Tuesday, June 24, 2014

Another Dialogue with a Semi-Congregationalist

The first one can be found here.

OPC Elder:  Hi.  I've heard that you've been saying that we have to choose between Reformed denominations, because separated denominations reject each others' de jure legitimacy and authority, and that you think the denomination we should join if possible is the Free Presbyterian Church of Scotland.

Frank:  Yes, that's correct.

Elder:  But that is not the Reformed point of view.  We do not say that only one denomination is the de jure, legitimate church.  We hold, with the Confession, that there are many churches, more or less pure, which are all parts of the visible church of Christ.  There's the OPC, the PCA, the RCUS, the RPCNA, the FCC, and many others.  All of these are legitimate churches, and the OPC fully recognizes the legitimacy and authority of all of them with all their church courts and officers.  It is true that we are not unified in one denomination, but we have fraternal relations with them and recognize them as true churches.

Frank:  But in a presbyterian system of church government, denominational separation necessarily implies a mutual rejection of de jure legitimacy and authority, because presbyterianism holds that the worldwide, catholic church is to exist in formal unity and that church power is collegial.  The government of the presbyterate is universal, so that the elders and courts of the catholic church have a right and an obligation to govern collectively, subject to each other in mutually-binding councils.  Although the OPC has fraternal relations with, say, the PCA, they still reject each others' legitimacy because they do not see themselves as subject to mutually-binding councils.

Elder:  You are right that the OPC and the PCA are not in full communion with each other.  We do not have full unity.  But we do fully recognize each others' legitimacy.  And we are working towards full union.

Frank:  But you don't recognize the PCA's legitimacy, because you don't acknowledge yourself subject with them to mutually-binding councils.  It is the right of church officers and courts to have collegial authority with the other officers and courts of the church.  By denying the PCA officers and courts this right, assuming you have not rejected presbyterianism and that you are treating the PCA justly, you are denying their legitimacy and authority as de jure officer and courts (though not their de facto status as a true manifestation of the Body of Christ, however illegal).  The only alternative to this is an embracing of a form of independency or congregationalism, where there is no recognition of universal collegial authority in the presbyterate and individual churches function independently from each other with no mutual submission.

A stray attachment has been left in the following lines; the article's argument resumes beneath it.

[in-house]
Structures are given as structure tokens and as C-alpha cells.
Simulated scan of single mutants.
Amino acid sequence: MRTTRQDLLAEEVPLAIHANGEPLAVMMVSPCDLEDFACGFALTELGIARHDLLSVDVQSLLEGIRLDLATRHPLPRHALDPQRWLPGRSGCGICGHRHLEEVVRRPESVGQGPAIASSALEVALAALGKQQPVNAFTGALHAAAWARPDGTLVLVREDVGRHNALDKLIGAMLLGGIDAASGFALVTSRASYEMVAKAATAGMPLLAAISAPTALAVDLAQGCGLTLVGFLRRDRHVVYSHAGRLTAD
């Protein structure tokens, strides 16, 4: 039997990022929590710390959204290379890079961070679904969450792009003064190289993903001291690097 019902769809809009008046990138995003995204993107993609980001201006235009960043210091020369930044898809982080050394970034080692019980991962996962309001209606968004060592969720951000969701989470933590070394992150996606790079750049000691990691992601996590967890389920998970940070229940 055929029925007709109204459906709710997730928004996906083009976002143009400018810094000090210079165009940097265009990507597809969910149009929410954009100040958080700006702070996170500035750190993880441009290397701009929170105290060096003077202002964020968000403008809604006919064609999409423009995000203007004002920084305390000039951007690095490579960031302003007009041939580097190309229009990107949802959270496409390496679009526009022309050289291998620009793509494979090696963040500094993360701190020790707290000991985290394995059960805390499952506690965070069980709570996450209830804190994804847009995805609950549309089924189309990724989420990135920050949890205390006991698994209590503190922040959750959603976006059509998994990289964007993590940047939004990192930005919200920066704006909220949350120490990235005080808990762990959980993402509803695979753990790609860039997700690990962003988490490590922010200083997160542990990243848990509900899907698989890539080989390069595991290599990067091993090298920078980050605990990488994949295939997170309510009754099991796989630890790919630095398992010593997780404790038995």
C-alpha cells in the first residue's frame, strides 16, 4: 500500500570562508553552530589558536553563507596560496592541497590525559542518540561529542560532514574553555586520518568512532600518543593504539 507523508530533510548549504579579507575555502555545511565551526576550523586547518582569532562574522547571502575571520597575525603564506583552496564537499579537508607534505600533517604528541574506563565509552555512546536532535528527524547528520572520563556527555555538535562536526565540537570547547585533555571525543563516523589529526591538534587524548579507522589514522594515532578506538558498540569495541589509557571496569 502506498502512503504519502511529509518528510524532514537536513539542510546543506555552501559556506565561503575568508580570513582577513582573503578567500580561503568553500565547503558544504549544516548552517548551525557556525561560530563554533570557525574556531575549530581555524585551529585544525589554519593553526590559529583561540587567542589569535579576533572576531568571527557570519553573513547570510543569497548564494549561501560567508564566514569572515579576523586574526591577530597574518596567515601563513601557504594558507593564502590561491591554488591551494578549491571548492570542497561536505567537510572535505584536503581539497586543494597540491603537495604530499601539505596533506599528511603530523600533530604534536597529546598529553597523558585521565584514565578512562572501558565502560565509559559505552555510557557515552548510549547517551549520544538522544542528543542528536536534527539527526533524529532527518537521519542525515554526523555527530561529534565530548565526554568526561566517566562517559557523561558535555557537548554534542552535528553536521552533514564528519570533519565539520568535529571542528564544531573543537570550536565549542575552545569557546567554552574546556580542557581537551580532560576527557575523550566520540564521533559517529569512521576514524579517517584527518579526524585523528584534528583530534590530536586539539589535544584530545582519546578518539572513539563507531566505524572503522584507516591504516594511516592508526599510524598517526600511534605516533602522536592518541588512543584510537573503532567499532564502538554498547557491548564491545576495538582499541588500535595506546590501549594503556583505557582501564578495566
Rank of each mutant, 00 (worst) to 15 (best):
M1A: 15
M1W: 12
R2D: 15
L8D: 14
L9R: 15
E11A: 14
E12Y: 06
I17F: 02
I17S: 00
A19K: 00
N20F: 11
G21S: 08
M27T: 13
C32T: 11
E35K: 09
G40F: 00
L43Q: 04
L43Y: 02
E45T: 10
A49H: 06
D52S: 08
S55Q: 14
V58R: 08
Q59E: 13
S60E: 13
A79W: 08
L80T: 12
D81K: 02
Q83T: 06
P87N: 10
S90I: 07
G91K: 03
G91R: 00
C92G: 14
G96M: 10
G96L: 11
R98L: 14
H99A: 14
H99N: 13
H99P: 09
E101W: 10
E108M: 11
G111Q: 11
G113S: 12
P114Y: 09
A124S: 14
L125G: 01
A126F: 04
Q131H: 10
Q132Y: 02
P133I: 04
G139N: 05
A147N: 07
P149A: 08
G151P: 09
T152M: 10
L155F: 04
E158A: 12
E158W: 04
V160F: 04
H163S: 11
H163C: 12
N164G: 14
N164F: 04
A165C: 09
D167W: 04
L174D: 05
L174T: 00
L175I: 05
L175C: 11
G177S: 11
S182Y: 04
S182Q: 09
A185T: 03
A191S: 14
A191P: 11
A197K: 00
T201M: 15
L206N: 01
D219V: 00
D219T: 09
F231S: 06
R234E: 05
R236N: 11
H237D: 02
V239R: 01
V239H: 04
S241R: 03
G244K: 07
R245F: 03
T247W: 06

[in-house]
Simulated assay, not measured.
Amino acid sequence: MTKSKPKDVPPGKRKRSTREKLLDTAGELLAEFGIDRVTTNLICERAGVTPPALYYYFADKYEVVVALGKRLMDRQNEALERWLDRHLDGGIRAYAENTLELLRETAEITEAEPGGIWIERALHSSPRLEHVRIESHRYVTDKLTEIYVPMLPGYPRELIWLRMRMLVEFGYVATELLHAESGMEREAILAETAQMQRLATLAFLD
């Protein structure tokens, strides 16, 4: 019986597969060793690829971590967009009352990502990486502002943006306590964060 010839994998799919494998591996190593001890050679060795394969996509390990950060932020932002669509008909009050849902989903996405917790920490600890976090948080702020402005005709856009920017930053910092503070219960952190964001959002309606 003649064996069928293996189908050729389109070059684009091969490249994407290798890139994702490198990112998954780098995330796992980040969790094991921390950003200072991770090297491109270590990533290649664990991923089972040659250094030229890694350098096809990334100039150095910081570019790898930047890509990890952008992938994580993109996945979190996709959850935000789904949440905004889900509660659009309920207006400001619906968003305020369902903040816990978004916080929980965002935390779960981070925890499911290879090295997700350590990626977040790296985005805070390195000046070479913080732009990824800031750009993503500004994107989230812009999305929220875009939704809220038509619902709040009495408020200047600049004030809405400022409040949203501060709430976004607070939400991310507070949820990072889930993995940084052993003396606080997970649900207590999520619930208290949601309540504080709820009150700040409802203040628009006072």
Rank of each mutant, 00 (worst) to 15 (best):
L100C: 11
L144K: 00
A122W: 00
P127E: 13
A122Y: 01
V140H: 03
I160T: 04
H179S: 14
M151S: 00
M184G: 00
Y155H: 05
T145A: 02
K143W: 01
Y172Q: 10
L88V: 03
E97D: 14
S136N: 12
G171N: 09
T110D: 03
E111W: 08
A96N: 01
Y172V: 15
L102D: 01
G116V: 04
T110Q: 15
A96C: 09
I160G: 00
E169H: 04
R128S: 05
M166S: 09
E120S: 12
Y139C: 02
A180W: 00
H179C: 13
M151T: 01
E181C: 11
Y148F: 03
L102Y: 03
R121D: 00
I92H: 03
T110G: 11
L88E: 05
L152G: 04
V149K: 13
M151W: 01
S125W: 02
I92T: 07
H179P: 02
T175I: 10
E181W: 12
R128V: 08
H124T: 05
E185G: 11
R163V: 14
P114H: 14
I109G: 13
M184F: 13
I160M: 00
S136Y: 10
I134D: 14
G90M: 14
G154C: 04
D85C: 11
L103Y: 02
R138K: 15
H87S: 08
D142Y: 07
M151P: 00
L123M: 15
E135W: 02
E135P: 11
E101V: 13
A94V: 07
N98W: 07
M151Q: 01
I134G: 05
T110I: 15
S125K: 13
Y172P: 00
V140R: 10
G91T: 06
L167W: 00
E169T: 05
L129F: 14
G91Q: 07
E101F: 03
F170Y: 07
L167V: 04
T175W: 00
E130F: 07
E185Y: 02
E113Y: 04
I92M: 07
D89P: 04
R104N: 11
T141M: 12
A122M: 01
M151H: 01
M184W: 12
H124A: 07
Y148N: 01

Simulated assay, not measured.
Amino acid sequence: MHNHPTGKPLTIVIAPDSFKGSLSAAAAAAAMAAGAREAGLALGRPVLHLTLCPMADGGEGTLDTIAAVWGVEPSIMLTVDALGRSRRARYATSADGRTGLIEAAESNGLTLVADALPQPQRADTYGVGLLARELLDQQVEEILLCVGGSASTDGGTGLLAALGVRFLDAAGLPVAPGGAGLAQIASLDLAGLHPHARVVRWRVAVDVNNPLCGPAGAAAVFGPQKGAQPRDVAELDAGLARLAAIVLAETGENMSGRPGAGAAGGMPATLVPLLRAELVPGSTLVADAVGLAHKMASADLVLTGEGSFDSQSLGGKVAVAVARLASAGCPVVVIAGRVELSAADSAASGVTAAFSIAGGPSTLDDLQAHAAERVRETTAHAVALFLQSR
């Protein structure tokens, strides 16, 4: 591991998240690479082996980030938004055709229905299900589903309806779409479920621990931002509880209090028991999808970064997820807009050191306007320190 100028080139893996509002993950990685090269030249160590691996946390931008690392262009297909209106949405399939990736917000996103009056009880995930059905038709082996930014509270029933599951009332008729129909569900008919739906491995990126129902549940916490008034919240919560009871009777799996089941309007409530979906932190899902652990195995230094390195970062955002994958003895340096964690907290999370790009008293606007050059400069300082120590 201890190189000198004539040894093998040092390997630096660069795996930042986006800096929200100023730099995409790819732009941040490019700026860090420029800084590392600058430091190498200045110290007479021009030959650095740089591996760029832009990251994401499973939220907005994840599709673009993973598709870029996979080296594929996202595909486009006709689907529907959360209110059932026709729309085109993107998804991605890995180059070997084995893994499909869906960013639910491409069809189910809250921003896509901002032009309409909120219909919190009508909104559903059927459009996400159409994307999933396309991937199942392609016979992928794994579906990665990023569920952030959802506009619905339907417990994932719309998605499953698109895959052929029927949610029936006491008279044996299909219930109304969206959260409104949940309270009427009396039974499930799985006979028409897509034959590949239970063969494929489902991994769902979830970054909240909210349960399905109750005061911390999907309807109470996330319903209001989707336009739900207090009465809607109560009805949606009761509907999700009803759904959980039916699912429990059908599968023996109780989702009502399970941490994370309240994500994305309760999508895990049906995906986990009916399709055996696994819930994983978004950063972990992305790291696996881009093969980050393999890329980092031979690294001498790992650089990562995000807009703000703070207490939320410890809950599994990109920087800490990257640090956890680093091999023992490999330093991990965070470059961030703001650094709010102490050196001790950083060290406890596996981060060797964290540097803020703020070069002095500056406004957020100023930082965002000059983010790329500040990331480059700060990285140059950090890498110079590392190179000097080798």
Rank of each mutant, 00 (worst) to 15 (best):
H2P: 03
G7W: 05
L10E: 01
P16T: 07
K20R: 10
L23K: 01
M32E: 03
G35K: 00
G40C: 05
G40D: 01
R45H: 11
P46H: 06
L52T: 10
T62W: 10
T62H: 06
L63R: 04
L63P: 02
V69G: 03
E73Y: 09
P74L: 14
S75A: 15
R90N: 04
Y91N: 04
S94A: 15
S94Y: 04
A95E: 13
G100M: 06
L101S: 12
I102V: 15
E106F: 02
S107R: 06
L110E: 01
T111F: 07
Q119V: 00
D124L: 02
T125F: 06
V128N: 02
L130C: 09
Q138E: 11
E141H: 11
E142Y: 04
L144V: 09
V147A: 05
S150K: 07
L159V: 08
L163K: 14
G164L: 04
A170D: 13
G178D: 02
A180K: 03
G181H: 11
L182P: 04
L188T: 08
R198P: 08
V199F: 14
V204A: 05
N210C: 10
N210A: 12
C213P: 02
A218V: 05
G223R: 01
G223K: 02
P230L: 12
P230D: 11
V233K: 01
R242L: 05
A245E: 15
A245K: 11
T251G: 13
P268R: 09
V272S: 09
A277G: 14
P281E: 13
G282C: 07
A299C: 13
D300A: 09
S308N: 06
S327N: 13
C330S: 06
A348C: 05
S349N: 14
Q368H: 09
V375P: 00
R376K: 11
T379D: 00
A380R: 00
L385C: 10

Elder:  You are right that, ideally, the presbyterate is to function collegially, and that the lack of mutual formal submission between the PCA and the OPC is a symptom that we are not in full unity.  However, you are conflating two things that need to be kept separate.  Although we are not fully unified with the PCA at this time, we do fully recognize the legitimacy and authority of their officers and courts.  These two things do not so much imply each other that you cannot have one without the other.

Frank:  Actually, they do so imply each other.  If the PCA officers and courts have full legitimacy and authority, then that authority intrinsically gives them a right to function together in mutually-binding councils with all other legitimate officer and courts.  You cannot say in words that you acknowledge their legitimacy and authority while denying this in practice by not submitting to their authority by granting their right to govern with you as part of the universal presbyterate of the church.  This is a contradiction.  So which is it going to be?  Do you grant the legitimacy and authority of officers in the PCA, thus recognizing their right to join with you in mutually-binding councils (and thus ceasing to be two separate denominations), or do you refuse to recognize that they have such a right and thus reject their legitimacy and authority?

Elder:  Why do you have to put things in such a black and white way?

Frank:  I only do it when the truth calls for it.

Elder:  But don't we need to recognize nuances?

Frank:  Yes, when they exist.  To ignore a legitimate nuance is a to distort the truth.  On the other hand, to make up a nuance that does not really exist is to distort the truth as well.

Elder:  Perhaps we can say this:  The OPC does not recognize the full legitimacy and authority of PCA officers and courts, but it does grant them a partial legitimacy.

Frank:  Are you saying that the PCA officers and courts only have some of the rights and responsibilities of ordinary officers and courts?

Elder:  Yes, something like that.

Frank:  OK.  So what rights and responsibilities do PCA officers and courts have, and what rights and responsibilities do they not have?

Elder:  Well, they have a right to govern their own churches, but no right to join with the OPC in mutually-binding councils.

Frank:  If they are not competent to join with you in mutually-binding councils, why are they competent to govern their own churches?  Is the former function more important than the latter?

Elder:  Well, no . . . but we can't stop them from governing their own churches.  That is their business, and we are in no position to interfere with them.  But we are in a position to grant or not grant them a right to join with us in mutually-binding councils that affect our churches as well as theirs.

Frank:  Why can't you stop them from governing their own churches?  Are not all churches subject to each other, so that an overarching governing assembly could discipline lower courts and officers if they do not adequately fulfill their responsibilities?  Just because you do not grant their right to govern the church collegially with you, it doesn't follow that they are not subject to the higher courts of the church.